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New York-based saxophonist Glenn White presents a set of eloquent and somewhat haunting tunes on Sacred Machines. The machines herein are a platform for the strong soloists in the ensemble, but the album's unity comes from a common palette that transcends the bandleader's harmonic tendencies (White wrote six of the disc's seven songs). Sacred Machines presents a pleasant interplay between able musicians, in a firm, stylistic environment.
Although there is a degree of variation between the tracks"Triality" draws on funk riffs and organ work to give a rootsy, 1970s feel, while "Washington Heights" has moments of very tender balladrythe bulk of the album is devoted to a certain kind of play. White concentrates primarily on melodies that interweave independent sax lines and Jamie Baum
's alto flutea fascinating instrument that provides a sturdier timbre than the normal flute, while still giving an airy, honest sound.
Gary Wang and Jeff Hirshfield provide strong foundations on bass and drums respectively, but the thrust of the album is towards virtuosic soloing. Most often, the compositions settle into a hovering vamp over a simple progression, while one or more musicians invent a clouded yet compelling motif. Through it all, Wang and Hirshfield retain a responsibility to consistent, level playing.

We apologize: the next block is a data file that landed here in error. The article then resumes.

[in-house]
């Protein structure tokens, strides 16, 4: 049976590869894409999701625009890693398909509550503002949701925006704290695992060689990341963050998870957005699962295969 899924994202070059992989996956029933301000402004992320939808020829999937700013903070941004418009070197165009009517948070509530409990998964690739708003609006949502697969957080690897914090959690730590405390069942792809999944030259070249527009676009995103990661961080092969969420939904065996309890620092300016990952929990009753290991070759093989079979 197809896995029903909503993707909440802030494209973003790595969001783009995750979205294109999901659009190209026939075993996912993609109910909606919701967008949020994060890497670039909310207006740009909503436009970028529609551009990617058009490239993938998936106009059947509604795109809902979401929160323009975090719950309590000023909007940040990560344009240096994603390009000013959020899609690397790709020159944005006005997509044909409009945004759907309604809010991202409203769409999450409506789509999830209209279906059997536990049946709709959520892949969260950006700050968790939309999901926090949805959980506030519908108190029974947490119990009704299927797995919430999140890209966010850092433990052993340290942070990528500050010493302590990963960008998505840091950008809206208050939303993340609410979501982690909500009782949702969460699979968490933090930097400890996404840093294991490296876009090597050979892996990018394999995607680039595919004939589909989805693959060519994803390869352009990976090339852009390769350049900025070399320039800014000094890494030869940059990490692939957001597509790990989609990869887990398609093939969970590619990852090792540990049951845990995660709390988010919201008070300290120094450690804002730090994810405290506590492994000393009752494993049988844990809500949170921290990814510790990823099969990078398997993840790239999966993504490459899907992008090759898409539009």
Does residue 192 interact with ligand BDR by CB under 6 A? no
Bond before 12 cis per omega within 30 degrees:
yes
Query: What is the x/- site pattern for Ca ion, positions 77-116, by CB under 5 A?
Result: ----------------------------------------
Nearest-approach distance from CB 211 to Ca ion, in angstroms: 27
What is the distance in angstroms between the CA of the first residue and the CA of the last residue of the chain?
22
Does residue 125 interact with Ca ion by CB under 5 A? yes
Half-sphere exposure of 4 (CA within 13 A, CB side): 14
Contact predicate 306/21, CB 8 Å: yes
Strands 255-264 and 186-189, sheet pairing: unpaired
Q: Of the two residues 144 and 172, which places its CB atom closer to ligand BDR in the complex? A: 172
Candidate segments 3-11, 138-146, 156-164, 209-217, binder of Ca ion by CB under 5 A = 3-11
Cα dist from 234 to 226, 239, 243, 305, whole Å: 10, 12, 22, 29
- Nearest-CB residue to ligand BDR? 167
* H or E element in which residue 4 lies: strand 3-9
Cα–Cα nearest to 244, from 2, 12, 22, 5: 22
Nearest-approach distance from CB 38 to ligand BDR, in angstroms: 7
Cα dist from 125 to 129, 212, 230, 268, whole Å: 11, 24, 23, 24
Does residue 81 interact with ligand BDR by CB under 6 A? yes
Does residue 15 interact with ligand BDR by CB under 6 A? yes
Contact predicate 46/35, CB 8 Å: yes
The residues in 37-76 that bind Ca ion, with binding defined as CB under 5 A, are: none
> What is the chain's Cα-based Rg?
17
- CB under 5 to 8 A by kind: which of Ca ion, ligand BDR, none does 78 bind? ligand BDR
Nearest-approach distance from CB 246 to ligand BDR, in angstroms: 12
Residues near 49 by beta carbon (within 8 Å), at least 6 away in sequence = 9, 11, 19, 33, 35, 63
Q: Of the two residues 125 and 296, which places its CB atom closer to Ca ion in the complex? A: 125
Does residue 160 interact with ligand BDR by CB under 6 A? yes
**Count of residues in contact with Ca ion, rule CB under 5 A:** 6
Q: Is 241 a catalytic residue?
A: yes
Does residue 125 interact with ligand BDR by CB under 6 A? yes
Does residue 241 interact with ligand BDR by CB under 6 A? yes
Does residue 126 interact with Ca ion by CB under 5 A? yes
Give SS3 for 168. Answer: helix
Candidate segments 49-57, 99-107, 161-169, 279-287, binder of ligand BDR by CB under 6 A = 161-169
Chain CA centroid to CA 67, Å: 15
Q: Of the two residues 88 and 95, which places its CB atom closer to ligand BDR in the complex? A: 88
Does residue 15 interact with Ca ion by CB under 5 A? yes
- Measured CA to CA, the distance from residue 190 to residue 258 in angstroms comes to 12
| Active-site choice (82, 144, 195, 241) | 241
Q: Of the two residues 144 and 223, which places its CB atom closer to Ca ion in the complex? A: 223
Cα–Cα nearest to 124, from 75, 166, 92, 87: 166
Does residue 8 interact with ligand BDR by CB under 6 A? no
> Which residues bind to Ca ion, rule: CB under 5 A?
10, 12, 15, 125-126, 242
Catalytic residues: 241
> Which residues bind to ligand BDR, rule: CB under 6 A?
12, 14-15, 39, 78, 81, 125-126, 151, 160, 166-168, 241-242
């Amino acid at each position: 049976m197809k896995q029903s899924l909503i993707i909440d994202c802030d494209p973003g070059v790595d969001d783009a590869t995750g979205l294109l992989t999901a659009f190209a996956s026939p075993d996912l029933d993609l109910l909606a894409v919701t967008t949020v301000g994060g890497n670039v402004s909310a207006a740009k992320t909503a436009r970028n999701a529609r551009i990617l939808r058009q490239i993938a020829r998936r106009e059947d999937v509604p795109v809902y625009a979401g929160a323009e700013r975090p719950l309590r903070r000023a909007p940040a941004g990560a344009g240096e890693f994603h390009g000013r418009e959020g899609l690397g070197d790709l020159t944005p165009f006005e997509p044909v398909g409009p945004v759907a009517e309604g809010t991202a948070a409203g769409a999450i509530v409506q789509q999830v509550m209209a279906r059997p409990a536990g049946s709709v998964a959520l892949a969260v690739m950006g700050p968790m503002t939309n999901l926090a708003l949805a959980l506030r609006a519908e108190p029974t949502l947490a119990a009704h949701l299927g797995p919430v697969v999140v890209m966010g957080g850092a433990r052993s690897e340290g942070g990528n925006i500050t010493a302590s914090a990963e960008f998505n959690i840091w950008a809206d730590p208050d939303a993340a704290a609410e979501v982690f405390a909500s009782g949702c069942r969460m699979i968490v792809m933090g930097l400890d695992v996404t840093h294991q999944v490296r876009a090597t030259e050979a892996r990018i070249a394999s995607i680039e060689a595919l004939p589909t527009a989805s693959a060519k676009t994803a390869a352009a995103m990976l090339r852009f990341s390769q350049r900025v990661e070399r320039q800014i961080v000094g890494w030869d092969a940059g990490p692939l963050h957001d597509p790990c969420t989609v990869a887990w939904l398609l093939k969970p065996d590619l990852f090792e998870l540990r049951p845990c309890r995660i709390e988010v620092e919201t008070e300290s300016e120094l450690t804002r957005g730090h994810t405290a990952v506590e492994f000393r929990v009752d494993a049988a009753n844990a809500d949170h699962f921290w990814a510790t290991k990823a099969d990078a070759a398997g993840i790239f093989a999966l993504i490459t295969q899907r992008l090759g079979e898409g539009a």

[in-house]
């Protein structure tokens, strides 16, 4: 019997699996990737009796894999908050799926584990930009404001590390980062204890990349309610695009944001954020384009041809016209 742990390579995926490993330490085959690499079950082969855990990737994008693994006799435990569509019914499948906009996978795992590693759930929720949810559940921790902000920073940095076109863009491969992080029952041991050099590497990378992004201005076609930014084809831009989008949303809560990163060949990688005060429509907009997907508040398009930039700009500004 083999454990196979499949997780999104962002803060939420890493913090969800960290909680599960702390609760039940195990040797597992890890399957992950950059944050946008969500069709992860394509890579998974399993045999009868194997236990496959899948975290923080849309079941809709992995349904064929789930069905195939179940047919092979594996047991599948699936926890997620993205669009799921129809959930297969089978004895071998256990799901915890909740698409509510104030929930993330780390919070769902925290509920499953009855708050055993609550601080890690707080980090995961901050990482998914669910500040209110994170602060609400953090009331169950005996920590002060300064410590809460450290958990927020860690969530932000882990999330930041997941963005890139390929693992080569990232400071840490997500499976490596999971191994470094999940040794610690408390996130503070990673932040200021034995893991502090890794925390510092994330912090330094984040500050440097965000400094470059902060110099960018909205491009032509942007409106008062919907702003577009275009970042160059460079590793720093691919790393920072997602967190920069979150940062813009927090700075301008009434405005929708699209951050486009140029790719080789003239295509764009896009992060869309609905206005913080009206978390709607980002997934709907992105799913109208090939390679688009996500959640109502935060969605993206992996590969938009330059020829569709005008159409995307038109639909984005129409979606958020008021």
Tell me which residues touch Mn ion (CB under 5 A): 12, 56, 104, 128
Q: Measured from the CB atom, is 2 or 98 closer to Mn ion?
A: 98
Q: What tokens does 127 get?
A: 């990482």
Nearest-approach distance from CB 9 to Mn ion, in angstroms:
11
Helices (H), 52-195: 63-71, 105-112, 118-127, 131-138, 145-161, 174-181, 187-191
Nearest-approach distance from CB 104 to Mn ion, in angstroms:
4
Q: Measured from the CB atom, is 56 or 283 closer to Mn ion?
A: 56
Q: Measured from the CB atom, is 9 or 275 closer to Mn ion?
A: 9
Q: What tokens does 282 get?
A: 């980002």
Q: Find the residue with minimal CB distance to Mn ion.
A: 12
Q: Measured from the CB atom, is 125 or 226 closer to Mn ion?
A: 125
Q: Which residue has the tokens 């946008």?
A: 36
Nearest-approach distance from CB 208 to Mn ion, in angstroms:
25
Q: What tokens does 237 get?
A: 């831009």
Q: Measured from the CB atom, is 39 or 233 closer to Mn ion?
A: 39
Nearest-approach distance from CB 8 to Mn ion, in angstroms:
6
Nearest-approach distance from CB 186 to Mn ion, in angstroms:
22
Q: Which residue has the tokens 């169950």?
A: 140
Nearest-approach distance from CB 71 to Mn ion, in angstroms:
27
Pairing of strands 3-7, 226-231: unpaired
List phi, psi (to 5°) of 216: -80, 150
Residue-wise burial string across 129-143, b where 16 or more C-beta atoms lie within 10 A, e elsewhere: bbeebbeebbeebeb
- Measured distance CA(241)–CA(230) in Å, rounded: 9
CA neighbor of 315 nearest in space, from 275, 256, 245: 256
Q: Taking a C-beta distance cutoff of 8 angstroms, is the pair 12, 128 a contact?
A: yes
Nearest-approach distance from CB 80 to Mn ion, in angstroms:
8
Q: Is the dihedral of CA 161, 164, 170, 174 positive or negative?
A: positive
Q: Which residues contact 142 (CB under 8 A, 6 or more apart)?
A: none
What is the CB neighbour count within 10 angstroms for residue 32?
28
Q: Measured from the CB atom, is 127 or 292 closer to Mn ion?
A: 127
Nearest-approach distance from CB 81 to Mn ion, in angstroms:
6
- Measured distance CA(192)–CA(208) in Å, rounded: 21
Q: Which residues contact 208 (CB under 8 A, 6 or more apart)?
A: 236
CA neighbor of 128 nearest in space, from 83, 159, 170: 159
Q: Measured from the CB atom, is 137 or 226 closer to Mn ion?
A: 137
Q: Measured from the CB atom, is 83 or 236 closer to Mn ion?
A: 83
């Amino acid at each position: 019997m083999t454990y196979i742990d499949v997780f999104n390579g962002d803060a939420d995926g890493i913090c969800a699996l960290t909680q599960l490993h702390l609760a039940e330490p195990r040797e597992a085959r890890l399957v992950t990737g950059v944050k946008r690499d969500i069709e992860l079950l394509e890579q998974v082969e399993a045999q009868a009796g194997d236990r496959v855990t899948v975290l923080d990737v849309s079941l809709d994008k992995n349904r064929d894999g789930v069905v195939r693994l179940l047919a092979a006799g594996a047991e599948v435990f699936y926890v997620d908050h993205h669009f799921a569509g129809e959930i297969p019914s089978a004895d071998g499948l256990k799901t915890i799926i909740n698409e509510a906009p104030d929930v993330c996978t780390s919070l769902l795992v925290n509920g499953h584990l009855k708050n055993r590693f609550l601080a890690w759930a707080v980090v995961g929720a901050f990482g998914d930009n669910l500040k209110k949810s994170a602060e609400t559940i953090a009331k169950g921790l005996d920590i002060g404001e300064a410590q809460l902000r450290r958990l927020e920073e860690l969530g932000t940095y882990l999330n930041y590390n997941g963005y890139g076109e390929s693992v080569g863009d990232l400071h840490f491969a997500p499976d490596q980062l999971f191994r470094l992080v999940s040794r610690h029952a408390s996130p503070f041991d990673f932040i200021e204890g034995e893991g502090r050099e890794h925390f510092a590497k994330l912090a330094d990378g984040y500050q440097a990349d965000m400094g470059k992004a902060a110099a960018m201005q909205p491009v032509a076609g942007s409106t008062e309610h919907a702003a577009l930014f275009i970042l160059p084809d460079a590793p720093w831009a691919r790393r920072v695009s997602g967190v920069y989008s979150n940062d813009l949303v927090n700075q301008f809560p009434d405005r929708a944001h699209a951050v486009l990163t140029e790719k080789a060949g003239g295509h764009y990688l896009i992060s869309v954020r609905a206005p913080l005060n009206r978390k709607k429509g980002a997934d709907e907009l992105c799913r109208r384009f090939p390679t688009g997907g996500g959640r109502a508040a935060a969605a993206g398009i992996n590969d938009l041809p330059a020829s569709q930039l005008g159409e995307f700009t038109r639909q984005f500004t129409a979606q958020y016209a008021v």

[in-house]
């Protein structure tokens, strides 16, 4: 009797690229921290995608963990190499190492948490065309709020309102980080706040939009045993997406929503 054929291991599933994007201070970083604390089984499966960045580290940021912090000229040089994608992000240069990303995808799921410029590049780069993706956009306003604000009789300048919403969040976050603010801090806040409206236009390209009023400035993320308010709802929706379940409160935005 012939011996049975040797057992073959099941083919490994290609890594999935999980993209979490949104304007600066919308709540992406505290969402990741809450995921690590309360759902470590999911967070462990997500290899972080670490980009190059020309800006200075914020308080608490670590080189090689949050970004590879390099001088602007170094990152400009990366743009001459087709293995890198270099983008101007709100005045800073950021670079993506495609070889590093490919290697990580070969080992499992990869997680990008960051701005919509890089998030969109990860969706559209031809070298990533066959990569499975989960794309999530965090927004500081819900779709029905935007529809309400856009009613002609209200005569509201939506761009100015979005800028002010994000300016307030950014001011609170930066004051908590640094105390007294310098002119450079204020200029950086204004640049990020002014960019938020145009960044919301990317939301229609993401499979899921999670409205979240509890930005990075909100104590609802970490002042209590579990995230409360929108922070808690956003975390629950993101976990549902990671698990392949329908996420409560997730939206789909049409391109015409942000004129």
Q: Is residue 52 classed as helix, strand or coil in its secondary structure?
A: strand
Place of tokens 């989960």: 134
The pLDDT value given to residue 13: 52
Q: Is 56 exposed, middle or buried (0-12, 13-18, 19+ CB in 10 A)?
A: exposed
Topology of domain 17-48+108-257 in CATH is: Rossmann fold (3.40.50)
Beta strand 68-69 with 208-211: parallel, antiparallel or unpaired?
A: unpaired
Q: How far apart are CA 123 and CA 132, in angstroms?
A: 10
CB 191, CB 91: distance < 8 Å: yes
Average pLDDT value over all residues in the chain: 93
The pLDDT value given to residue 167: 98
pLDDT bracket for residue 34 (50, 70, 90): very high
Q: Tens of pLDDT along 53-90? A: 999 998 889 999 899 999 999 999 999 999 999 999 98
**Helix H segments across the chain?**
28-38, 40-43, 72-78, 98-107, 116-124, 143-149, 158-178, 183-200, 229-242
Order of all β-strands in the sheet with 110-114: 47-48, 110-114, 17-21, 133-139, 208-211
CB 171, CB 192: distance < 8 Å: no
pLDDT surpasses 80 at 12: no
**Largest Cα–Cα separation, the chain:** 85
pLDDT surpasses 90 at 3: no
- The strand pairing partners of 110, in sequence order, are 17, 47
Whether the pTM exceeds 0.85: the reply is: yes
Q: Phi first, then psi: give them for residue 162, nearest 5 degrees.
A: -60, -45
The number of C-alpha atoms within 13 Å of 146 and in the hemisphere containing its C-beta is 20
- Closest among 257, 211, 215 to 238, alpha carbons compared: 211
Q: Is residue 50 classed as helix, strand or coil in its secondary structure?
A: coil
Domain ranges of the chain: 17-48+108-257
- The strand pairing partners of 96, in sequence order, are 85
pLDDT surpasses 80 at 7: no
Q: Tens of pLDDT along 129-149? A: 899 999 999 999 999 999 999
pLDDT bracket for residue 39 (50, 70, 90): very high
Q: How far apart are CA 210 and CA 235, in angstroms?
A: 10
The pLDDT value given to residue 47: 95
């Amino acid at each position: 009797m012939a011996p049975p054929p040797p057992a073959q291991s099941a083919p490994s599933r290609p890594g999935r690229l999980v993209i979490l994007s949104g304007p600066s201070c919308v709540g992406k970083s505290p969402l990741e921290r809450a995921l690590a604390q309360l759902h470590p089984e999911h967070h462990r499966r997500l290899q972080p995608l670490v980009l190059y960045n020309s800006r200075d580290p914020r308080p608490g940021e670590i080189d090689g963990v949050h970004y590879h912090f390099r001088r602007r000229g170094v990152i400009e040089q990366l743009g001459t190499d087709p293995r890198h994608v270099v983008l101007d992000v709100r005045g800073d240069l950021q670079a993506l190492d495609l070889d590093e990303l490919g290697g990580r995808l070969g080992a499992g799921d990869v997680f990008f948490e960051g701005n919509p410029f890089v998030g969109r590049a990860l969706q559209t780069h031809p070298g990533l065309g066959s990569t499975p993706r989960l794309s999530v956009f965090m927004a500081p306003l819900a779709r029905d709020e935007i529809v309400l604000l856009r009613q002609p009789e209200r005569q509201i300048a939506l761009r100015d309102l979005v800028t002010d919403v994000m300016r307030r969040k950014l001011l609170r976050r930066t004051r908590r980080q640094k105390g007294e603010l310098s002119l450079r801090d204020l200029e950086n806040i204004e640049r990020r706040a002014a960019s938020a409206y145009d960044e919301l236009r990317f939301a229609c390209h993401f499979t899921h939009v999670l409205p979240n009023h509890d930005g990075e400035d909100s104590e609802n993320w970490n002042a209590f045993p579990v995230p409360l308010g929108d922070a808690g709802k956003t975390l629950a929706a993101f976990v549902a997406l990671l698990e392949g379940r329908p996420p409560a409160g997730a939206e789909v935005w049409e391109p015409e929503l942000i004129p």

While the horns bob and weave over the melodies, these compositions are rooted in a sense of playful exploration, all within the parameters of White's harmonic language. The textures on Sacred Machines never get too wild or chaotic, but instead hold fast to a modern-sounding variant on modal harmony. The highlighted members of the band seem quite simpatico in this, with pianist Roberta Piket
's 1960s modal explorations. Additionally, on "Aftermath," the one track not penned by White, Baum composes a melody replete with harmonic strangeness, using contrary motion and clustered intervals between the horns. With these shared sensibilities and strong playing by everyone, Sacred Machines showcases a strong band in top form.